Omar Minaya doesn’t want any credit for the Mets current success
The last time Omar Minaya oversaw anything with the Mets, the club was coming off of it’s second consecutive losing season in 2010 and fourth straight disappointing season which included two failures to reach the postseason, an uninspiring and injury plagued 92-loss season in 2009, and a hot start to the 2010 season only to see the team regress and ultimately flame out.
But what Omar Minaya left behind was a treasure chest in talent, including Steven Matz, Jeurys Familia, Jacob deGrom, Wilmer Flores, Lucas Duda, Ruben Tejada, Daniel Murphy, Hansel Robles, Jon Niese, and a roll of the dice on R.A. Dickey, who he signed to a minor league contract before his final season as General Manager of the Mets.
All of those players with the exception of Dickey are on their 2015 team. As for Dickey, current Mets GM Sandy Alderson parlayed that Minaya piece into Noah Syndergaard and Travis d’Arnaud, both of which are also on the active roster for a total of 11 players accumulated by Minaya.
But Minaya wants no part of the credit for these players.
“You’re always happy for the players,” Minaya said. “I never say, ‘This guy is mine,’ Minaya said on WFAN on Monday. “You get to see where the players start, and then when they get to that big stage and perform, you’re definitely happy for the players. You’re happy for the organization.”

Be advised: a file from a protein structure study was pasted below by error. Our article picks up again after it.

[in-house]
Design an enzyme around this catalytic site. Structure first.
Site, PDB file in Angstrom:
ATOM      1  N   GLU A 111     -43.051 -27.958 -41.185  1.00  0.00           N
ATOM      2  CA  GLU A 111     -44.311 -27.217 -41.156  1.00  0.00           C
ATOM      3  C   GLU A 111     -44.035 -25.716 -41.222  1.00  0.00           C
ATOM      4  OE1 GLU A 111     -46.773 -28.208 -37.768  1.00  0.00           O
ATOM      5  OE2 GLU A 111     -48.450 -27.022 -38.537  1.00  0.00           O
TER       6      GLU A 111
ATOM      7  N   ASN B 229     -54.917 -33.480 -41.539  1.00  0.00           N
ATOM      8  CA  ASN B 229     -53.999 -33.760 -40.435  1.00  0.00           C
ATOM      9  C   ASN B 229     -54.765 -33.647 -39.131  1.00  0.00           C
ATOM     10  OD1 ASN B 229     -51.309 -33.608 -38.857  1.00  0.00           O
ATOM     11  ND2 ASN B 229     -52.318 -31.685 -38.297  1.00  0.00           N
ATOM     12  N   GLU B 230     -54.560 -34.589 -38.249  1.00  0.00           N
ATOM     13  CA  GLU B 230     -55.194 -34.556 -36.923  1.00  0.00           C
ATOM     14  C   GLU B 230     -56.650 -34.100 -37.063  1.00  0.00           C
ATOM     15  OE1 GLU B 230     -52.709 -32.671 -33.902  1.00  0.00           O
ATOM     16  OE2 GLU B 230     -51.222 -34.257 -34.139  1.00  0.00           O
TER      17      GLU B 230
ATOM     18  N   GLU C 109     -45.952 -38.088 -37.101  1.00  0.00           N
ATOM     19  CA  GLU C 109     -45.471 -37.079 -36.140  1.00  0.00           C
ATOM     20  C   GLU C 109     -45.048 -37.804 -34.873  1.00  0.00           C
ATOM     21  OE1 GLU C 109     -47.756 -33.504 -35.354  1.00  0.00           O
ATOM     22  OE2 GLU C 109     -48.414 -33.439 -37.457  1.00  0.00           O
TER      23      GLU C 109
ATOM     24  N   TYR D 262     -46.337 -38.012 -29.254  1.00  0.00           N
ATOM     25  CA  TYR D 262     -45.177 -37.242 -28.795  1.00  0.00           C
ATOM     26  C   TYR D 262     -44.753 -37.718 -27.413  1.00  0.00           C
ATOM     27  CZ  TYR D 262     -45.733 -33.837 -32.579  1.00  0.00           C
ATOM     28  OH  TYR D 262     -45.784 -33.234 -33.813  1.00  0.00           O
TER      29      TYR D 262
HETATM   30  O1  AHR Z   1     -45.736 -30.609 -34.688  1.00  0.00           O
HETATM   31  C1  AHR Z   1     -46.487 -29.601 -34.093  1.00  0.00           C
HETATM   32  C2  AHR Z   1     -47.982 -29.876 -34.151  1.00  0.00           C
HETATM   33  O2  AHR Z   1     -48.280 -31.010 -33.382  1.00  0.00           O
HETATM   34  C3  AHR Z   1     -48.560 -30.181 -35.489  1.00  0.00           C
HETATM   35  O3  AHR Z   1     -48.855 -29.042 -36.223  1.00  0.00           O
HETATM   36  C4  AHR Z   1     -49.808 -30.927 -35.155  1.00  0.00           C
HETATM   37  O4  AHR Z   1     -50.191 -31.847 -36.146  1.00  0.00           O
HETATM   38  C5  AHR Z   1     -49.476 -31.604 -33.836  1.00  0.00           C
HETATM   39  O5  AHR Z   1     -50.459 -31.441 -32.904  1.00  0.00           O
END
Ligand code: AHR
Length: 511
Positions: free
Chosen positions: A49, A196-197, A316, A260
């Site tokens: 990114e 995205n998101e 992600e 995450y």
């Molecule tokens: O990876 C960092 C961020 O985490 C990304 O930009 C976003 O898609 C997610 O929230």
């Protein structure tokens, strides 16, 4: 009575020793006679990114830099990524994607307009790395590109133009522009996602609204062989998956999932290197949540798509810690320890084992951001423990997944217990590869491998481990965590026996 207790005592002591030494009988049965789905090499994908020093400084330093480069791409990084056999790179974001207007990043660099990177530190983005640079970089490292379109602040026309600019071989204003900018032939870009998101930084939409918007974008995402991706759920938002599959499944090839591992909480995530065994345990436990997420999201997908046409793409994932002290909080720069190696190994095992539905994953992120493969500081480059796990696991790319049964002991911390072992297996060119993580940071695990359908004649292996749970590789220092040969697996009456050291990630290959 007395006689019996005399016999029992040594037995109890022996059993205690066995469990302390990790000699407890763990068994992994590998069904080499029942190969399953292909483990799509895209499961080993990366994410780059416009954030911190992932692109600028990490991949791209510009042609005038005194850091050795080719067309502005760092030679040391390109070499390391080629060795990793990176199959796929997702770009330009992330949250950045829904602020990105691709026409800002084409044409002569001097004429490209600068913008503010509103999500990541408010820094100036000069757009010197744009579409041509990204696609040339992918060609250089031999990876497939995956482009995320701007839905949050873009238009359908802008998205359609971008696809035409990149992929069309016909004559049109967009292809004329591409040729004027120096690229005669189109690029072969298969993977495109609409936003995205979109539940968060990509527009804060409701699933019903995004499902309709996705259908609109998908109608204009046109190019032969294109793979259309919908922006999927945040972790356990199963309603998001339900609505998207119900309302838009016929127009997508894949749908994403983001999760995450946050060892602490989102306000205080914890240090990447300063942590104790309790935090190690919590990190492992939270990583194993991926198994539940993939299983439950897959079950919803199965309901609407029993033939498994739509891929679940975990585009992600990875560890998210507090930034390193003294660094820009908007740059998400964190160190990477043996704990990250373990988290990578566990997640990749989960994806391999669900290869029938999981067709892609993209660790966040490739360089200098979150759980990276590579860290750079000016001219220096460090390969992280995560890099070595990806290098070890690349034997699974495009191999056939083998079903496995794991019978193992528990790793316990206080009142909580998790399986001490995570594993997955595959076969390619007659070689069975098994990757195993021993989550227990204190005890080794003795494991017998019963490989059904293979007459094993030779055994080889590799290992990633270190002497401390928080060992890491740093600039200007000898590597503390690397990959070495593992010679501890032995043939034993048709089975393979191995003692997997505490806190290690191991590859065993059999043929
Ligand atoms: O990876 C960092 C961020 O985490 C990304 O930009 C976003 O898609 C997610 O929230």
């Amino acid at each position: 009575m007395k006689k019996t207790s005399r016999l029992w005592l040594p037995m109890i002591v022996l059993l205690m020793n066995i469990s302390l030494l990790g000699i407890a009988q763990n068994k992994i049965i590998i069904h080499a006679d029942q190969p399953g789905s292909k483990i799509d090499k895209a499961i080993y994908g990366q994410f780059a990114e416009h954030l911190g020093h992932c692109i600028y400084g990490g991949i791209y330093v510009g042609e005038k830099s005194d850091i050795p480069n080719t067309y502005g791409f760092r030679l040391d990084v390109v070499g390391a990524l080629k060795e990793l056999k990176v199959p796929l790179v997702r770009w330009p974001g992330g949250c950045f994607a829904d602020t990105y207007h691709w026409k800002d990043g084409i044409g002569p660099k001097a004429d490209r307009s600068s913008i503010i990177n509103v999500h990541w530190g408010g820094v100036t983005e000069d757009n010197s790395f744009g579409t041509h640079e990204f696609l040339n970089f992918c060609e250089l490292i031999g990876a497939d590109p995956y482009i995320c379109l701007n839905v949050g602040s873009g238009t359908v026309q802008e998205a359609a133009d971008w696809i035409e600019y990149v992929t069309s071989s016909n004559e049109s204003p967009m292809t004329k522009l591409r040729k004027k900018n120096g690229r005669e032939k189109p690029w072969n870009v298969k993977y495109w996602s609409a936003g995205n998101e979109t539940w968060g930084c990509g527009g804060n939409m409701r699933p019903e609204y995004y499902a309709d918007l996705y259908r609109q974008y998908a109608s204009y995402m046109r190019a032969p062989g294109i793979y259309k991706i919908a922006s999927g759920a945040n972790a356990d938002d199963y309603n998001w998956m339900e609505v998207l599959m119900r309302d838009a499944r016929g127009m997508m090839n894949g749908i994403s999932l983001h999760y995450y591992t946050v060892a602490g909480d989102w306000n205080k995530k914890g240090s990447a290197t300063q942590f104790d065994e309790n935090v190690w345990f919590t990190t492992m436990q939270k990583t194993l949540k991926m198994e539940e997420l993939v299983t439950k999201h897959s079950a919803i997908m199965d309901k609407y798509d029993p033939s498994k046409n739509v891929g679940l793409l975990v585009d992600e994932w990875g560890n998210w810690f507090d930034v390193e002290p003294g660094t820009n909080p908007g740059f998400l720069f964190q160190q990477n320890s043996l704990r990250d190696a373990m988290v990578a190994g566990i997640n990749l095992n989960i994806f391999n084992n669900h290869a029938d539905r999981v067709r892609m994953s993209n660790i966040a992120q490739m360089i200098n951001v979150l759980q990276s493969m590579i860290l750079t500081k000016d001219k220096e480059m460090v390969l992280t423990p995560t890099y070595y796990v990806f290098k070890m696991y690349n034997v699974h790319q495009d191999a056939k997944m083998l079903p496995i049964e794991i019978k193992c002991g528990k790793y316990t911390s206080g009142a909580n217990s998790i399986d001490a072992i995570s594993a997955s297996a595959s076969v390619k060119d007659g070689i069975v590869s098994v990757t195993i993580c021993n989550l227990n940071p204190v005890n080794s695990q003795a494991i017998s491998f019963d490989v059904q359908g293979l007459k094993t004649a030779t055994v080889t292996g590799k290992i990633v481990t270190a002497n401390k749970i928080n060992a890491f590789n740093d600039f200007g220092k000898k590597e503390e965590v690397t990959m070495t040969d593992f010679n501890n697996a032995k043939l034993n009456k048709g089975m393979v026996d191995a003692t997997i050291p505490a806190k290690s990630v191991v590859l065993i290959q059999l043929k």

Indeed, as while Minaya planted those 11 seeds, it was Alderson and the player development staff who developed those players.
As for Murphy, who is playing out of his mind in the playoffs, the one thing which attracted Minaya to him was his aggressiveness.
“What we always used to say about Daniel was that this guy has a chance to lead the league in hitting because he never, ever gives up an at-bat,” Minaya explained. “He plays so aggressive that it’s kind of got him in trouble on the basepaths, but you know what? Give me those guys with aggressiveness.”
The same thing which attracted Minaya’s front office to Murphy was similar to what attracted them to deGrom.
“He’s a scouting story. He’s a development story, and the rest is that he’s a competitor and he’s always been a competitor,” he said of deGrom. “When you have a combination of a good athlete and competitor, you take a chance on those guys.”
He also said the same thing about Harvey: his competitive along with his talent was a key for the Mets when they decided to draft him in the summer of 2010.
While he couldn’t stick around to reap the rewards of his eye and sense for talent, the Mets are certainly reaping the rewards for the foundation he left behind, now just two wins away from the club’s first National League pennant in 15 years.